Dr Ian Gregory-Smith
Senior Lecturer in Economics
9 Mappin Street
S1 4DT, UK
Tel: +44 (0) 114 222 3317
Fax +44 (0)114 222 3458
Ian graduated from Nottingham University Business School in 2002. He transferred to the Economics Department at Nottingham for his MSc and on completion worked for 2 years as a Research Analyst for Manifest Information Services Ltd. He returned to Nottingham at the offer of a scholarship for a PhD. Towards the end of his PhD he took up the role as a Teaching Fellow and taught courses in the ﬁeld of microeconomics both in the UK and also at Nottingham Ningbo in China. After completing his PhD, he took up a lectureship at the University of Edinburgh and subsequently joined Sheffield in February 2012. He is currently the Department's Director of Undergraduate Admissions.
"I currently teach Advanced Microeconomics for third year undergraduates. This module provides a rigorous treatment of modern microeconomic theory and is designed to equip students with the skills necessary to succeed as professional economists. We model how agents and firms interact in an uncertain world, where risks are taken and failure is possible. We look at contracting problems that can occur inside firms and analyse how pay incentives are structured. We also analyse how parties solve bargaining problems, cooperatively and non-cooperatively. The course is excellent preparation for graduate level study."
“I also teach Industrial Organisation on the postgraduate programme. We adopt an economic approach to analysing strategic decision making in ﬁrms. Beginning with the empirical observation that there is often variation in ﬁrm performance within the same industry, we explore why some ﬁrms can consistently outperform others, even when competitive forces are intense. An important complication occurs when we consider the role of strategic interdependence; that is when the strategy chosen by our rival will influence our outcome and our strategic response. The material is designed to be especially useful for students, who on completion of their studies, ﬁnd themselves employed in a managerial programme, a consultancy role or who are looking to establish their own business."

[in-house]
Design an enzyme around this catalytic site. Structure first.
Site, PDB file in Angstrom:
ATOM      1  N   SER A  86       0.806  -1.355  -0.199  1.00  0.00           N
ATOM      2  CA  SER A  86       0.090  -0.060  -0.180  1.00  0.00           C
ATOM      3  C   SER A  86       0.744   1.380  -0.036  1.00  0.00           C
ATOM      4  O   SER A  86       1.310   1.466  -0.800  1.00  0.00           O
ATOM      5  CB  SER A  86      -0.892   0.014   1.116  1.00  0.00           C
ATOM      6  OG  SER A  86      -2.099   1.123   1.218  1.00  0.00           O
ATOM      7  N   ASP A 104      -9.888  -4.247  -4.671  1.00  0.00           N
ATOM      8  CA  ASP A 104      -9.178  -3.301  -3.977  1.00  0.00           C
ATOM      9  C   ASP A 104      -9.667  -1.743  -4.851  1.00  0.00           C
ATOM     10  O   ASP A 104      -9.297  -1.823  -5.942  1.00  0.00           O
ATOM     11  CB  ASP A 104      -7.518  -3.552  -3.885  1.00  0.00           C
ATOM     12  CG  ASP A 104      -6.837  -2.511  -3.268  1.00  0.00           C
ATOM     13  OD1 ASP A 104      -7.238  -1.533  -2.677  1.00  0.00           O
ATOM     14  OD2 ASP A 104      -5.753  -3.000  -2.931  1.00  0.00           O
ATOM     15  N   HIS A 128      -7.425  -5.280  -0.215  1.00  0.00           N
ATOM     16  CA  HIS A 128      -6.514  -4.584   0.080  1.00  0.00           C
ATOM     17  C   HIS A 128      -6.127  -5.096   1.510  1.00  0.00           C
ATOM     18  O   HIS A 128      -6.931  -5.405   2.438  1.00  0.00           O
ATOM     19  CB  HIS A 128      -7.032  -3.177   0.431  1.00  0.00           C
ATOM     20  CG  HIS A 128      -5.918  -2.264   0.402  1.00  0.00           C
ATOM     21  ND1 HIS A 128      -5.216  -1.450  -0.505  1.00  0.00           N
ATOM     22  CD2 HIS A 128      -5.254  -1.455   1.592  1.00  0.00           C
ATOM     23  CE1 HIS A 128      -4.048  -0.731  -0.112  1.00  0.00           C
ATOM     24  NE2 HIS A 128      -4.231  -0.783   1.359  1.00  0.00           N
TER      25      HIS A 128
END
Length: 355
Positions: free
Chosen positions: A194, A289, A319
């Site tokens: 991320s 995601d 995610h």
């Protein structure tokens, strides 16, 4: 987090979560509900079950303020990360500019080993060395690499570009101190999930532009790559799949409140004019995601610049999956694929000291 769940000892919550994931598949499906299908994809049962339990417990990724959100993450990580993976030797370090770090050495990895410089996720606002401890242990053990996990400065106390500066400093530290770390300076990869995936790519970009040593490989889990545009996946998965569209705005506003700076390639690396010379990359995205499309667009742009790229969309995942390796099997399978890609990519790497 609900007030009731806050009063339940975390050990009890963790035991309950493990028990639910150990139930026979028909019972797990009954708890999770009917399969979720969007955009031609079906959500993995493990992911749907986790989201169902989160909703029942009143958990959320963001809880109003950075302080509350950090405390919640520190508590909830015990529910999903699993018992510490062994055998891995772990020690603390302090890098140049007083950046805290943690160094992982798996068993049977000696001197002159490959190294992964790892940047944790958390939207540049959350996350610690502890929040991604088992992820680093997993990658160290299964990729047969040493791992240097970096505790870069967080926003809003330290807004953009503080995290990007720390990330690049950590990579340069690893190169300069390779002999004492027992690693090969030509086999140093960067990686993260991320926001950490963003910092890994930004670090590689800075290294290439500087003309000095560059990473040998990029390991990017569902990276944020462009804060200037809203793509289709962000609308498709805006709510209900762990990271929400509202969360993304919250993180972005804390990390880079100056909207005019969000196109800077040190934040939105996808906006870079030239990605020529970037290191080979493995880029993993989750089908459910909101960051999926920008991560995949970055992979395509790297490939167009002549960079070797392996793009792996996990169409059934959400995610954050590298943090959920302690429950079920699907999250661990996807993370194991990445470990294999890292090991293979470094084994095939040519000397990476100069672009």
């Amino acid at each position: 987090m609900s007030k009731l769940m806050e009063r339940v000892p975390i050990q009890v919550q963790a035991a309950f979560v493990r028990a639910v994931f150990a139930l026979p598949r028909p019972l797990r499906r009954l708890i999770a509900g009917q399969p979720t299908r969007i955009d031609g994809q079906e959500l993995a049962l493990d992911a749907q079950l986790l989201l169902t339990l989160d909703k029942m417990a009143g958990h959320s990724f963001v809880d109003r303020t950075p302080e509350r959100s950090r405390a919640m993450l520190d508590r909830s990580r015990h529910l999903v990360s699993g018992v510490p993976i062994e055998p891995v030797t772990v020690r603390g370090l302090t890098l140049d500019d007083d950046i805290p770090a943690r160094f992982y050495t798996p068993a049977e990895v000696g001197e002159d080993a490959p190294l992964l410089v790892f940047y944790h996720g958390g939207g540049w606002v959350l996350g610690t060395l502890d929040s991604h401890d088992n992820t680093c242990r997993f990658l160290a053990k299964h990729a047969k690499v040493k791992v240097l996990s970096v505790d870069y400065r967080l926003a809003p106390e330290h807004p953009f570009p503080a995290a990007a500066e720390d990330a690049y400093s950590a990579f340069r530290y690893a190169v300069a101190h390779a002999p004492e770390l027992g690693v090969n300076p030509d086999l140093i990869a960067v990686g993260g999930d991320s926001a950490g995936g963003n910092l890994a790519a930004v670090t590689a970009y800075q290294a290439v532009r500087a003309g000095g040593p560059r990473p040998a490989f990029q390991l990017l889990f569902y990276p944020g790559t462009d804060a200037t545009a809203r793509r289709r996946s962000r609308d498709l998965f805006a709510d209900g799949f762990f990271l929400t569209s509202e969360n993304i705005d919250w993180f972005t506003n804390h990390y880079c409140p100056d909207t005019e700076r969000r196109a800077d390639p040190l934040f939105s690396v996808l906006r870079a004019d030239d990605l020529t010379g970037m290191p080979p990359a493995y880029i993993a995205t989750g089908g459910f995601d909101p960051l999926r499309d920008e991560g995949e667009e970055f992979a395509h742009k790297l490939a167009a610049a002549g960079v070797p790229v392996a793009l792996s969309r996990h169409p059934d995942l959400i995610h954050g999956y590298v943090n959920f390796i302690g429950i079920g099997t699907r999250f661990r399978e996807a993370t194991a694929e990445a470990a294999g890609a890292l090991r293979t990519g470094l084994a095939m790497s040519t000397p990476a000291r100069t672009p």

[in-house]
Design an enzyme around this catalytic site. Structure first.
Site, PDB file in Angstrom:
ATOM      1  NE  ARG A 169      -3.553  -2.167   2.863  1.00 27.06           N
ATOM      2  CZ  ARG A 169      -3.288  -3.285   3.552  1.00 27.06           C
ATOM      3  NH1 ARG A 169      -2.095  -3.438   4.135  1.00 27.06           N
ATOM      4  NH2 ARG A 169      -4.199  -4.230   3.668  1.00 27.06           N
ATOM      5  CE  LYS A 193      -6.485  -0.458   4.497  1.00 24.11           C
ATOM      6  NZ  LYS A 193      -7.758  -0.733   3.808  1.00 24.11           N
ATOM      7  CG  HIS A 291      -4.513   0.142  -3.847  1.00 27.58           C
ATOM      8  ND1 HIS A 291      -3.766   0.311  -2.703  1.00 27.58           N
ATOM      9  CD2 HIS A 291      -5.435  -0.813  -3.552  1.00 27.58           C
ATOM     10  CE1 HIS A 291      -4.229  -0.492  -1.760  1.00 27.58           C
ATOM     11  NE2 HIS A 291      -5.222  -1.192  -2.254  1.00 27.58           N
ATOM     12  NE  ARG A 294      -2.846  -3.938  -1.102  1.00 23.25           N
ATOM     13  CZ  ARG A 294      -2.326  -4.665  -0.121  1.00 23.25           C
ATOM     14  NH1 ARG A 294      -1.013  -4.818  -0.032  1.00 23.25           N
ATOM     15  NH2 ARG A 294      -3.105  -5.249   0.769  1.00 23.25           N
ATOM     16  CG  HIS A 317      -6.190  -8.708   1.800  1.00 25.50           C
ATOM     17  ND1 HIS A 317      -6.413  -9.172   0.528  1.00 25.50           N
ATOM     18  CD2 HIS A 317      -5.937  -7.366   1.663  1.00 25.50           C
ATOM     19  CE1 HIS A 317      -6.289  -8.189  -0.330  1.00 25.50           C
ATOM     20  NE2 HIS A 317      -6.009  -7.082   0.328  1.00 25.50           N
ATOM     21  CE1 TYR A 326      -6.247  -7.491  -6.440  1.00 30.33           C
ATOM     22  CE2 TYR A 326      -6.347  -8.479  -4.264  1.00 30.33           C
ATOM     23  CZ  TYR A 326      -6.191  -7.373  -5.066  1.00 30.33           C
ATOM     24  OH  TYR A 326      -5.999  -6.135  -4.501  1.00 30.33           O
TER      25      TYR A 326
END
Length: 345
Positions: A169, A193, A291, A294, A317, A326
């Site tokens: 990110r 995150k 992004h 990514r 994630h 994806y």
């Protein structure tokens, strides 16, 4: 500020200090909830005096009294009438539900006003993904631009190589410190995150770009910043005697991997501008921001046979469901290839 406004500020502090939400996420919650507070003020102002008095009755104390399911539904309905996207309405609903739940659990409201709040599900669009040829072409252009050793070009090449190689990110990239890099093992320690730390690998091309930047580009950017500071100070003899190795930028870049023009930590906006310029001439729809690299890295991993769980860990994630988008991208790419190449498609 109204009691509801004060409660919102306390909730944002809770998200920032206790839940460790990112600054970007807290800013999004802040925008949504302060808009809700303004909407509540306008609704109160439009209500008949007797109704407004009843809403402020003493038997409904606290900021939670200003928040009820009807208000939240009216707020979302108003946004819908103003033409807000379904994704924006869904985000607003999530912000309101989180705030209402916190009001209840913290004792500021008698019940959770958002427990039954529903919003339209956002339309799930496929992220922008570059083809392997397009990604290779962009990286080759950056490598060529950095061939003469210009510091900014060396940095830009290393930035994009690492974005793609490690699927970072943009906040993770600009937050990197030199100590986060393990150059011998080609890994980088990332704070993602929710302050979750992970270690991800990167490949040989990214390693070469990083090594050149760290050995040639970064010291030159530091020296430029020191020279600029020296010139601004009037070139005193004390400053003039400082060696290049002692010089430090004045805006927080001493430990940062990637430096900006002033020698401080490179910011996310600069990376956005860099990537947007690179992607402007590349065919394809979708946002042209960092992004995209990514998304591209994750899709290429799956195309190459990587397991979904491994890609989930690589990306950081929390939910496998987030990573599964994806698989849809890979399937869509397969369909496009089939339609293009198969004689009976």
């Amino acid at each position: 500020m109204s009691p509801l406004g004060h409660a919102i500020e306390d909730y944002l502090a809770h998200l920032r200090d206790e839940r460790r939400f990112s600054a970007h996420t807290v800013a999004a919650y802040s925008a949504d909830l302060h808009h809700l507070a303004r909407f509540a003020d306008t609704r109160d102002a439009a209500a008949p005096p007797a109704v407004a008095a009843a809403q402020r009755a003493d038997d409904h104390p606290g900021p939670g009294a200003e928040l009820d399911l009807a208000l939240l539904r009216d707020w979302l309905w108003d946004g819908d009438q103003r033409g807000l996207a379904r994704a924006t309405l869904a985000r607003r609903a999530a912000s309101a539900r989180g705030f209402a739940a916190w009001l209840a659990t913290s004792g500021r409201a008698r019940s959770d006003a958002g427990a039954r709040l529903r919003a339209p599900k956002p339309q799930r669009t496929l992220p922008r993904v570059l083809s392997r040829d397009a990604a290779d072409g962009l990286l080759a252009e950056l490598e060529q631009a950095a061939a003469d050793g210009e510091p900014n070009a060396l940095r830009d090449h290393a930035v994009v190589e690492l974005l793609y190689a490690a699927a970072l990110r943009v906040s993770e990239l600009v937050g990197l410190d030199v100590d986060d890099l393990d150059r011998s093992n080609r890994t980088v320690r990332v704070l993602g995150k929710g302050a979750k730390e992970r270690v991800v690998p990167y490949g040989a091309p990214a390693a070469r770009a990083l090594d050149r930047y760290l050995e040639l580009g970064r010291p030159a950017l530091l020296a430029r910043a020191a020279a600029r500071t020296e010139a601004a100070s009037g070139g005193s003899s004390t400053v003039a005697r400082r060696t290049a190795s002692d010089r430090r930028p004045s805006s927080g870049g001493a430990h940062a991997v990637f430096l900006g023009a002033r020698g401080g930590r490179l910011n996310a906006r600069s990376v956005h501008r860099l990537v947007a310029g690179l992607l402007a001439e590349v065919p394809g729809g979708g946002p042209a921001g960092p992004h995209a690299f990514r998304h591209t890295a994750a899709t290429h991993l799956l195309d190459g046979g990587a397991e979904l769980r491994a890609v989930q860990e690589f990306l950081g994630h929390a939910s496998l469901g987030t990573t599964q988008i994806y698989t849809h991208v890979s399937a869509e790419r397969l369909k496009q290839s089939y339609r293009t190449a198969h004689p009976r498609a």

Ian’s primary research interests concern the executive labour market and related issues associated with gender, corporate governance, executive remuneration and shareholder voting. His work often applies econometric techniques to panel datasets. More recently, Ian's work on the executive labour market has developed to consider the implications for the firm's international strategy on issues such as exporting, hiring, networking, and innovation. He is also interested in how the economics of sport (particularly cricket) can provide insights into the processes by which decisions are made within firms.
Ian’s research has been used to inform policy at HM Treasury and the Department for Business, Energy & Industrial Strategy (formerly Department of Business, Innovation and Skills). Recently, he has made submissions to the BIS’ ‘Executive Remuneration’ and ‘The Future of Narrative Reporting’ Discussion Papers, and the ‘Hutton Review of Fair pay in the Public Sector’. He also engages with corporate governance industry participants such as Manifest Information Services Ltd.
Gregory-Smith I (2017) Positive Action Towards Gender Equality: Evidence from the Athena SWAN Charter in UK Medical Schools. British Journal of Industrial Relations. View this article in WRRO
Main, B & Gregory-Smith I (2017) Symbolic Management and the Glass Cliff: Evidence from the Boardroom Careers of Female and Male Directors. British Journal of Management. View this article in WRRO
Gregory-Smith I, Thompson S & Wright PW (2014) CEO pay and voting dissent before and after the crisis. Economic Journal, 124(574). View this article in WRRO
Gregory-Smith I, Main BGM & O'Reilly CA (2014) Appointments, pay and performance in UK boardrooms by gender. Economic Journal, 124(574). View this article in WRRO
Sacheti A, Gregory-Smith I & Paton D (2015) Home bias in officiating: evidence from international cricket. Journal of the Royal Statistical Society: Series A (Statistics in Society), 178(3), 741-755. View this article in WRRO